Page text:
A hen swaggers over a crate of eggs in the farm hall of Walter Hoehne, egg producer and head of the organic farmer association CW Oeko Ei GmbH on March 20, 2008 in Vohburg, Germany.
Due to a newly changed consumers protection law Hoehne is not allowed to sell a quantity of 70.000 hot boiled and painted eggs for the Easter holidays.
The problem consists in the organic produced eggs on the one side and the colours, which are not declared as organic. So it's not possible to sell the treated eggs neither as organic nor as conventional product. It's an old German children's tradition to hide, seek and eat colourful painted eggs on Easter Sunday. (Johannes Simon, Getty Images) Scientists say the smell of rotten eggs is arousing for men and could be used to create an alternative to Viagra.
A team from Italy found that the release of hydrogen sulphide, which is responsible for the foul smell of rotten eggs and is also found in car exhaust fumes, helps relax nerve cells and stimulate blood flow.
Researchers say the development of a new impotence drug would be welcome because Viagra is not effective for everyone.
U.S. Health and Human Services Secretary Kathleen Sebelius reiterated Tuesday that she won’t intervene in the “incredibly agonizing” case involving a 10-year-old Pennsylvania girl who is waiting for a lung transplant, telling members of Congress that medical experts should make those decisions.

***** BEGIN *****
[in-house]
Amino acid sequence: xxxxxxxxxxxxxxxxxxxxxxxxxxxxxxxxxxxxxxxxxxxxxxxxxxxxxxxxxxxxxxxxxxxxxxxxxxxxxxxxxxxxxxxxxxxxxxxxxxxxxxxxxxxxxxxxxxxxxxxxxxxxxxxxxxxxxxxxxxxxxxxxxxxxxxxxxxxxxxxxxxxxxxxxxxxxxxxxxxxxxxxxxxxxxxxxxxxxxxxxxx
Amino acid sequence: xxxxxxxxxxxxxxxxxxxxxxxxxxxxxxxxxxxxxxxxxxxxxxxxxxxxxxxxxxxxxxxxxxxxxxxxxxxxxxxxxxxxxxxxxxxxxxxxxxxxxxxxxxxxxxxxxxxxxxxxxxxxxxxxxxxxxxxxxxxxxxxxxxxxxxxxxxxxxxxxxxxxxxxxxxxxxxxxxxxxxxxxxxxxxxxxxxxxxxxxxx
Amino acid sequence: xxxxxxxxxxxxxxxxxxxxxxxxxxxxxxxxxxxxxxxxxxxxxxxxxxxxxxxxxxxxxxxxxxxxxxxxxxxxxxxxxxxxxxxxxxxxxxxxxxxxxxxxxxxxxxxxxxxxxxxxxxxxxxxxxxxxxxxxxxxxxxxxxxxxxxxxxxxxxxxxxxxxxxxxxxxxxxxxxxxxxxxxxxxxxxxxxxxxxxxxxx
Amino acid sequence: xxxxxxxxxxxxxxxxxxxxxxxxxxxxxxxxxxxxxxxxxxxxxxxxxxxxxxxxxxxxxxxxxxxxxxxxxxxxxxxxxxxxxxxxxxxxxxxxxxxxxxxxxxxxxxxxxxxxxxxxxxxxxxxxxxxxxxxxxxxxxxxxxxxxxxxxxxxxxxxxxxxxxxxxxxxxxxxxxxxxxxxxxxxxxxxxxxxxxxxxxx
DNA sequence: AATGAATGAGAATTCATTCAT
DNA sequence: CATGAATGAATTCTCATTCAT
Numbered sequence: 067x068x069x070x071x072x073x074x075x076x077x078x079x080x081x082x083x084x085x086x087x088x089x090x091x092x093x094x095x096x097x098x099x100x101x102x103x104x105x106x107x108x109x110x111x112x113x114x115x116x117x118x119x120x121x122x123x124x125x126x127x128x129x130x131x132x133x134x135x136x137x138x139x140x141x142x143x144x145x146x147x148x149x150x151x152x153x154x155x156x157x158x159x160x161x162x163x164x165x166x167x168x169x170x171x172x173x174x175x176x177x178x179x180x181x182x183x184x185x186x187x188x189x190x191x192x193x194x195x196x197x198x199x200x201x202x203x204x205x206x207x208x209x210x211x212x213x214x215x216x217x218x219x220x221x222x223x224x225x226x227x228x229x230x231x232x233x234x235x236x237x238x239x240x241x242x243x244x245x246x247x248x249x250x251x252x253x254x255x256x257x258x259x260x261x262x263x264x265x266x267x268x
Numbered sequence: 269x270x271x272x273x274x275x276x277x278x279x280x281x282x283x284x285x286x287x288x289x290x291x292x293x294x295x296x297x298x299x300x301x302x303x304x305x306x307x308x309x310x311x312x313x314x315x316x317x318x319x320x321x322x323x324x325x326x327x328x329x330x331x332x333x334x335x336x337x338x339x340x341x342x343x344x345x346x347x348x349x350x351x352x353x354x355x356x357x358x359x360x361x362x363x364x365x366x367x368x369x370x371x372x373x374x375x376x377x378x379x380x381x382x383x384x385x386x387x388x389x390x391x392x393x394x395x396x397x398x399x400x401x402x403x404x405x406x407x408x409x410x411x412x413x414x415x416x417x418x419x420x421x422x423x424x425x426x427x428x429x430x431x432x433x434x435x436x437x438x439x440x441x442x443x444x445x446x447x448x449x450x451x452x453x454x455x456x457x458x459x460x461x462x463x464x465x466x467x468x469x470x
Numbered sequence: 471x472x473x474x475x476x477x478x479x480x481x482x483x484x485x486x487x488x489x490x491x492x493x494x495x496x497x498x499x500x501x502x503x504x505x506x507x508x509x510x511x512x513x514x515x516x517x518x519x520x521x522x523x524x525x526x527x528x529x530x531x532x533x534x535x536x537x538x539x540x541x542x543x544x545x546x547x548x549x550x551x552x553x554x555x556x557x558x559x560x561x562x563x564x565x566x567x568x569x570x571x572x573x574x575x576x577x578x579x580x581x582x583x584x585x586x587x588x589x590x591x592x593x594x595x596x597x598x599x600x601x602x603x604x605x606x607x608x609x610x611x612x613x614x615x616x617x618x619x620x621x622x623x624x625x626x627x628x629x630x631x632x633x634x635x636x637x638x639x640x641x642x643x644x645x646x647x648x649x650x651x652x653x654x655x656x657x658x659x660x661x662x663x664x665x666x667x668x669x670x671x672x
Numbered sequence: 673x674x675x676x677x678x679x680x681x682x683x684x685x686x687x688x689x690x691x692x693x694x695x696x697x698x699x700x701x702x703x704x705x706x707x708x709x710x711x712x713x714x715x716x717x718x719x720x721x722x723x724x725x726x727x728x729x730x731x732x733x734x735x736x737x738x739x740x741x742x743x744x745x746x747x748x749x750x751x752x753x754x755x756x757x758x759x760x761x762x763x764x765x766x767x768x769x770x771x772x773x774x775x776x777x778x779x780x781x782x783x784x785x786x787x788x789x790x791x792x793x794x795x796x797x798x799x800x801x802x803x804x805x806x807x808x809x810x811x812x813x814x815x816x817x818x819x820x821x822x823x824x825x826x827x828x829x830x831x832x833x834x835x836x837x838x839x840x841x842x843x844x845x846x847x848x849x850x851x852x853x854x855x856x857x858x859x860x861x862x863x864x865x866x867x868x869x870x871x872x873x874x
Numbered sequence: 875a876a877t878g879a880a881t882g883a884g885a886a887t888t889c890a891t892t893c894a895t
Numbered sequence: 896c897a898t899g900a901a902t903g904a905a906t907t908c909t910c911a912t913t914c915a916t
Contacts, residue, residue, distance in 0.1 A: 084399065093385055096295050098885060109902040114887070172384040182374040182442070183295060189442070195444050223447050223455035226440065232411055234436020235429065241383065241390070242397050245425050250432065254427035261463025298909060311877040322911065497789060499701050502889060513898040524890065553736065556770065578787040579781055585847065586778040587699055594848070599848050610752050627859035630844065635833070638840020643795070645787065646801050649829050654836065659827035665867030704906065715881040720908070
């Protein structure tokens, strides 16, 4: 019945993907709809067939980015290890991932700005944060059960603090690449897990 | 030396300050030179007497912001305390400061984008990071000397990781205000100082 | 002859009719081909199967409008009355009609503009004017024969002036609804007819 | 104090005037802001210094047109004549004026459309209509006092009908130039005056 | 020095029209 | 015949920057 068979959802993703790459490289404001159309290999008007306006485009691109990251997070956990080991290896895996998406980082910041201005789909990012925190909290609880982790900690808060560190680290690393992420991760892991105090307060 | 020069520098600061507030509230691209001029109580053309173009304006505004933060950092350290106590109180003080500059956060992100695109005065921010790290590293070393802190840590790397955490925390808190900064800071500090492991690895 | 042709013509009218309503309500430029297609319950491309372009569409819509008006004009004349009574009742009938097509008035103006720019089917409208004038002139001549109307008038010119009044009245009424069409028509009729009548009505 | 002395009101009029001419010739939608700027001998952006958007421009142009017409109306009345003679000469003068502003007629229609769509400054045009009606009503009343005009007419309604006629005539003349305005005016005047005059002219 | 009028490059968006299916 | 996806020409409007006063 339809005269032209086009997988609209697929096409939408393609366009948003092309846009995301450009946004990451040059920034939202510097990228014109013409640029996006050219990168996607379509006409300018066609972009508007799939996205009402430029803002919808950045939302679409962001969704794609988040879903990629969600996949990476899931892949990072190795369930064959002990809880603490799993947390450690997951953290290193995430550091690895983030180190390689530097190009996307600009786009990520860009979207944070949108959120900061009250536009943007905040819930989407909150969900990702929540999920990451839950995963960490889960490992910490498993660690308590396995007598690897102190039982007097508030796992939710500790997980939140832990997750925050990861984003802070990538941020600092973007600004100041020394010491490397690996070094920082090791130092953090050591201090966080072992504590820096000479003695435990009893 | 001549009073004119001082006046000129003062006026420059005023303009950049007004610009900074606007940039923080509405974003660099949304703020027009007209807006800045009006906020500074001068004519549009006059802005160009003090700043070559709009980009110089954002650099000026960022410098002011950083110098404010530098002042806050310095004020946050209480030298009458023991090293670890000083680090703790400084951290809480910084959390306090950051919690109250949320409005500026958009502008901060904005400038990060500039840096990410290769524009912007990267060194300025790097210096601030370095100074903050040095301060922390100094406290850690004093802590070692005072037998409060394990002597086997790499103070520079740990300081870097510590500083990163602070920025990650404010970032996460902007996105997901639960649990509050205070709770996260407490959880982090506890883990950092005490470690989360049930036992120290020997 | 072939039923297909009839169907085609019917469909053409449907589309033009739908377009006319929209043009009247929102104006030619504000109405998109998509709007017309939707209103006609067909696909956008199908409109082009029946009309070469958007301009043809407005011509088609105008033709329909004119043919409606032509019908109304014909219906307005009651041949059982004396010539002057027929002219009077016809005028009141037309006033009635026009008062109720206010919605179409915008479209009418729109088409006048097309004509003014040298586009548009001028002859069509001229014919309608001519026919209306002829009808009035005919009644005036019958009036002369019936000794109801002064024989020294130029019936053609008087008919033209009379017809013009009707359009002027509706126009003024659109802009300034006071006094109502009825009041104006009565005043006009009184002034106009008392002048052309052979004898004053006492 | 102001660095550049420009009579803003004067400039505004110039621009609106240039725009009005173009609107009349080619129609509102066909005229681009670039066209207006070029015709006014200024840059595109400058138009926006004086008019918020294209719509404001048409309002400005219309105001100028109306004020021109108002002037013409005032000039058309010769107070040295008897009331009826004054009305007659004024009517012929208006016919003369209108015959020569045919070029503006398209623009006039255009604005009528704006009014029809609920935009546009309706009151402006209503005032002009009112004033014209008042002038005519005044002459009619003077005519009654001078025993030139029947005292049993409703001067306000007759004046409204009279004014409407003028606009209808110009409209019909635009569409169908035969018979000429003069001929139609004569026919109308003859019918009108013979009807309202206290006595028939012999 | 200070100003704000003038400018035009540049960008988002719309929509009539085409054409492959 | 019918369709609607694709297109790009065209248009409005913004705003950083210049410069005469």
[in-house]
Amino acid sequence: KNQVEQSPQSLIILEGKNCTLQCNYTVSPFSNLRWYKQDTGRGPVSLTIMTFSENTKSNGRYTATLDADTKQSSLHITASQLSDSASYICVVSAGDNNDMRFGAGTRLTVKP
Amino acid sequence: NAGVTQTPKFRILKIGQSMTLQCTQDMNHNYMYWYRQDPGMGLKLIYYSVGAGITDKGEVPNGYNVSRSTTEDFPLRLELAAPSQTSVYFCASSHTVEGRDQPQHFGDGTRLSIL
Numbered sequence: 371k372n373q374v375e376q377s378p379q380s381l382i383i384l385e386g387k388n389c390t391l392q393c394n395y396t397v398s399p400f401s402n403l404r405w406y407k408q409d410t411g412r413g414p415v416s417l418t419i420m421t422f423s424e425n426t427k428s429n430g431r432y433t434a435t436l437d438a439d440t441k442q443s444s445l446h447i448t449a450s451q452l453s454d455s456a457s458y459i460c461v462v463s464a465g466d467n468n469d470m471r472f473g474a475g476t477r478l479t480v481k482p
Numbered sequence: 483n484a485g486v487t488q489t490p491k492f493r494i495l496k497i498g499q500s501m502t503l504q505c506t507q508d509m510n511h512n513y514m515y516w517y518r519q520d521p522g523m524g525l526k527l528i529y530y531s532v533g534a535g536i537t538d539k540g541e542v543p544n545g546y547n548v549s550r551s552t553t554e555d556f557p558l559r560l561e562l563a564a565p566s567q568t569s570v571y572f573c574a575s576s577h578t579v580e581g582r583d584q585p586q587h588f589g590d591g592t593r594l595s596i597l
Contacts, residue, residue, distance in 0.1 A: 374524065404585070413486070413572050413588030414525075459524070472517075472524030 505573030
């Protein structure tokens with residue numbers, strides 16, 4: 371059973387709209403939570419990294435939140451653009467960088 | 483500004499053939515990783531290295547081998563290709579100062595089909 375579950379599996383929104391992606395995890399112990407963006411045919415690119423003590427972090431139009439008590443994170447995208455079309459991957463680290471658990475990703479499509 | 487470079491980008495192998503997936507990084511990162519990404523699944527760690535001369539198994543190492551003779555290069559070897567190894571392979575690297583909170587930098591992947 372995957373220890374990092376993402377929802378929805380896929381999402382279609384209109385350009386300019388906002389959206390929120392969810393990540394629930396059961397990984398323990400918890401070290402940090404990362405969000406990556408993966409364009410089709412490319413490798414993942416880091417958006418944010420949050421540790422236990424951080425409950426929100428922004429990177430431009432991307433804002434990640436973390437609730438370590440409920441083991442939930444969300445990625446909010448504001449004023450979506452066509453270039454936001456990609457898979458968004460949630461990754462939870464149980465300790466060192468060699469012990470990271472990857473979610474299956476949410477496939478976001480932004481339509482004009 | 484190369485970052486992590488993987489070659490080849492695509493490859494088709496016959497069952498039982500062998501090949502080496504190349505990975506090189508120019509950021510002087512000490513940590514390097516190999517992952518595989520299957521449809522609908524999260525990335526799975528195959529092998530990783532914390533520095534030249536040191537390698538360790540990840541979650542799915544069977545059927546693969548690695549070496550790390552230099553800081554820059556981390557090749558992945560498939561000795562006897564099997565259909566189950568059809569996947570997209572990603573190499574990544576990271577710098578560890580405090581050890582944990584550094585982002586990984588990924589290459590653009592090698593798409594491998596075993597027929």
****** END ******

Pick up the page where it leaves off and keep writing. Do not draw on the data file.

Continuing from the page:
One of the first provisions of the 2010 health reform law has had its intended effect: shifting costs from hospitals, taxpayers and families to health insurance companies, researchers reported on Thursday. It’s one of the most popular aspects of the law.
People may realize that fast food isn’t health food, but they don’t realize just how fattening it really is, researchers report. They surveyed people eating at 10 burger, chicken, sandwich and doughnut chains and found they greatly underestimated just how much they were chowing down.
A new line of caffeinated chewing gum is causing jitters among health advocates and prompting federal officials to take a new look at the proliferation of jolt-infused foods, including those marketed to children and teens.